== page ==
That's the basic plot of Inception. Digging into it further would be a Herculean task, and as noted at the outset, would spoil most of the fun. Nolan has written a multi-layered script. Behind each secret is a more important secret, and for every clever concept he tosses at the viewer, he's got three more waiting around the corner. As a narrative, Inception is a thing of beauty. There are so many interlocking pieces, a less capable director wouldn't be able to handle it. They'd rely on the weirdness of dream imagery and convoluted fake science to carry the story (you know, like Paprika). Not Nolan. The dreams are his tools, and though he twists and bends them, he ultimately puts every device to its proper use for building his yarn. Inception will keep you guessing, but it never leaves you behind. Nolan's storytelling is as accessible as it is confounding. It seems so effortless, and yet, how did I get so tense watching it?

Visually, the director and his regular cinematographer, Wally Pfister, bring the world of Inception to life in such a way that the cracks between reality and illusion never show. The computer graphics are imperceptible, even when they are as audacious as a city curling in on itself. In other words, you will believe your eyes.

It also helps that the cast of Inception is so incredible. There is no lesser player in this game. Nolan has picked actors who are reliable for their quality, yet also never complacent. It's hard to single out any one. Ellen Page and Joseph Gordon-Levitt both turn in intelligent, confident performances, with Gordon-Levitt having the added distinction of delivering an impressive physical performance, as well. Ken Watanabe's commanding presence works well against Cillian Murphy's fa├žade of the same, Tom Hardy is surprising and fun as the most playful member of the group, and Marion Cotillard is alluring and even scary. They all provide DiCaprio with excellent support, and yet he doesn't let them do any lifting he should be doing himself. One of the more interesting leading men in Hollywood, he grows more capable with each starring role. To stick with the mythological connotations, he is the Atlas on whose shoulders the world of Inception rests, and he is more than up to the load.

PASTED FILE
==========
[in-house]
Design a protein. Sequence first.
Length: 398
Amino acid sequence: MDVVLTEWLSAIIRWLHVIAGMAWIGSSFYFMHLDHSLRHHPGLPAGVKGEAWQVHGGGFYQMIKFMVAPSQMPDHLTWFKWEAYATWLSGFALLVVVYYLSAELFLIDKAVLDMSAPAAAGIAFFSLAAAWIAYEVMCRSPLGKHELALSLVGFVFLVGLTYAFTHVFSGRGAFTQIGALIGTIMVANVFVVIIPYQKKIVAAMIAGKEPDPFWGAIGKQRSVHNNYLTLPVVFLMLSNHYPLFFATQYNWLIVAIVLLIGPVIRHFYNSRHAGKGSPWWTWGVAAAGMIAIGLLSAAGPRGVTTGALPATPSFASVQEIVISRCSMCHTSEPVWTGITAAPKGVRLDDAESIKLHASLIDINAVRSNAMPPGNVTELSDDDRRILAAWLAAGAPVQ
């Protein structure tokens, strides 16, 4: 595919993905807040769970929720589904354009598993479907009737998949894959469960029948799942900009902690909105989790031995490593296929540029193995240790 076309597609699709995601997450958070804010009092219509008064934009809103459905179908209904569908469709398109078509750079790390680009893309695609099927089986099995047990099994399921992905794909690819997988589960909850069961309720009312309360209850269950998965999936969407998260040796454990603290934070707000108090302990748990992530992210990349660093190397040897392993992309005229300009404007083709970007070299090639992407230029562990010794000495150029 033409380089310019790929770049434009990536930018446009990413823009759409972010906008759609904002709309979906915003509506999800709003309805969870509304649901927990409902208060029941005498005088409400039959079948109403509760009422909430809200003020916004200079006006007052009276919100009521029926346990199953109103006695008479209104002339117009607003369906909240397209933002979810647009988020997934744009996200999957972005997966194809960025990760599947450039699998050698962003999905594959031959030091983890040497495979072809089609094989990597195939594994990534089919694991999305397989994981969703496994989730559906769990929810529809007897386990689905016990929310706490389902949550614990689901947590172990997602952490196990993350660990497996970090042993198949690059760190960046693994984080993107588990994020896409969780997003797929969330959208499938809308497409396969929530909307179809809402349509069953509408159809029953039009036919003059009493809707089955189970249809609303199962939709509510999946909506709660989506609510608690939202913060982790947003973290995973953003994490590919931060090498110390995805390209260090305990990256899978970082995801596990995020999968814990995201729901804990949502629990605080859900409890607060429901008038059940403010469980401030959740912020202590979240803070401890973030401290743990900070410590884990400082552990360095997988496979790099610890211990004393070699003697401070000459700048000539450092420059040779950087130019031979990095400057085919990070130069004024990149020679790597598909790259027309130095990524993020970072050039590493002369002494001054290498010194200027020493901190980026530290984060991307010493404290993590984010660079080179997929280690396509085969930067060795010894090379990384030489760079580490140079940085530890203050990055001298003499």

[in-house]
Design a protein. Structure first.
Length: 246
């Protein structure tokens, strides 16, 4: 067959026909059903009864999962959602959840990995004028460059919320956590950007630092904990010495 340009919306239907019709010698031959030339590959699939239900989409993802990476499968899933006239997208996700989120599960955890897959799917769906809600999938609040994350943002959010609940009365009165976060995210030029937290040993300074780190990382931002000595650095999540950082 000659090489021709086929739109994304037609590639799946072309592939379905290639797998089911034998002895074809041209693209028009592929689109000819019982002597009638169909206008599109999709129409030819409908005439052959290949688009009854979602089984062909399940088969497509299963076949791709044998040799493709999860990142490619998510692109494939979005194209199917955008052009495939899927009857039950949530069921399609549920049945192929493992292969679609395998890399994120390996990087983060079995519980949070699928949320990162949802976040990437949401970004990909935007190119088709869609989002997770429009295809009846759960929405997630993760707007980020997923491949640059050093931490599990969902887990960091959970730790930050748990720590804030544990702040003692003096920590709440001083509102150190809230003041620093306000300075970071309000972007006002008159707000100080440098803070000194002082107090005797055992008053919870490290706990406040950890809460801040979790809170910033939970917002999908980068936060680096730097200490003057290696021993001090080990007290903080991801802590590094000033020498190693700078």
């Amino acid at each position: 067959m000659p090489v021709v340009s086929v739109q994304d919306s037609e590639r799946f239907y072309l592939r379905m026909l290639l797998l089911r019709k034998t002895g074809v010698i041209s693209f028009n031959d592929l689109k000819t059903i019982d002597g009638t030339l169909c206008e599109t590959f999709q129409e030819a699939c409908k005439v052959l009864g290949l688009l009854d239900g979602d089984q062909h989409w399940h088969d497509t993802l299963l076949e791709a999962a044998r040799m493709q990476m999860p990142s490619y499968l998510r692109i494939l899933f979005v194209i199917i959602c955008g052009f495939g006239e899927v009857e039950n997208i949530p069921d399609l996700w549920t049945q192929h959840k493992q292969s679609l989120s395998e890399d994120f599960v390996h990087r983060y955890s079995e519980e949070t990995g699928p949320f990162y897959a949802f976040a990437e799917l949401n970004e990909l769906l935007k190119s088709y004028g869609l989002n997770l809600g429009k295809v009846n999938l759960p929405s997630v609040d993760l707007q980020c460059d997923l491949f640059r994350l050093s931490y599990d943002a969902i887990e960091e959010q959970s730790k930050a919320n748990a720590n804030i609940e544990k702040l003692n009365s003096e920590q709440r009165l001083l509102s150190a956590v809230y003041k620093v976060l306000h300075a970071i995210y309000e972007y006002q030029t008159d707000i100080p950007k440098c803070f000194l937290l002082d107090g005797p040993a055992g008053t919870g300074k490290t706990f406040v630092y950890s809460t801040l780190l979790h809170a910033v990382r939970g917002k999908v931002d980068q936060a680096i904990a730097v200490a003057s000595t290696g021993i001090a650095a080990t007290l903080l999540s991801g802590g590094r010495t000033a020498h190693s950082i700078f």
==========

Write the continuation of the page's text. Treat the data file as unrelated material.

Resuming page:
For as much as I want to encourage people to walk into Inception cold so that every surprise is still a surprise, it's not a movie that relies on a single trick or twist. It's not a film you'll never want to see again after you've learned its secrets. On the contrary, Inception has so much going on, it's going to be a film worth revisiting over and over just to watch how it all works. Hell, as soon as it was over, I would have been just fine had the projectionist started it again from the beginning. This is one dream I'd be more than happy to have reoccur.

Jamie S. Rich is a novelist and comic book writer. He is best known for his collaborations with Joelle Jones, including the hardboiled crime comic book You Have Killed Me, the challenging romance 12 Reasons Why I Love Her, and the 2007 prose novel Have You Seen the Horizon Lately?, for which Jones did the cover. All three were published by Oni Press. His most recent projects include the futuristic romance A Boy and a Girl with Natalie Nourigat; Archer Coe and the Thousand Natural Shocks, a loopy crime tale drawn by Dan Christensen; and the horror miniseries Madame Frankenstein, a collaboration with Megan Levens. Follow Rich's blog at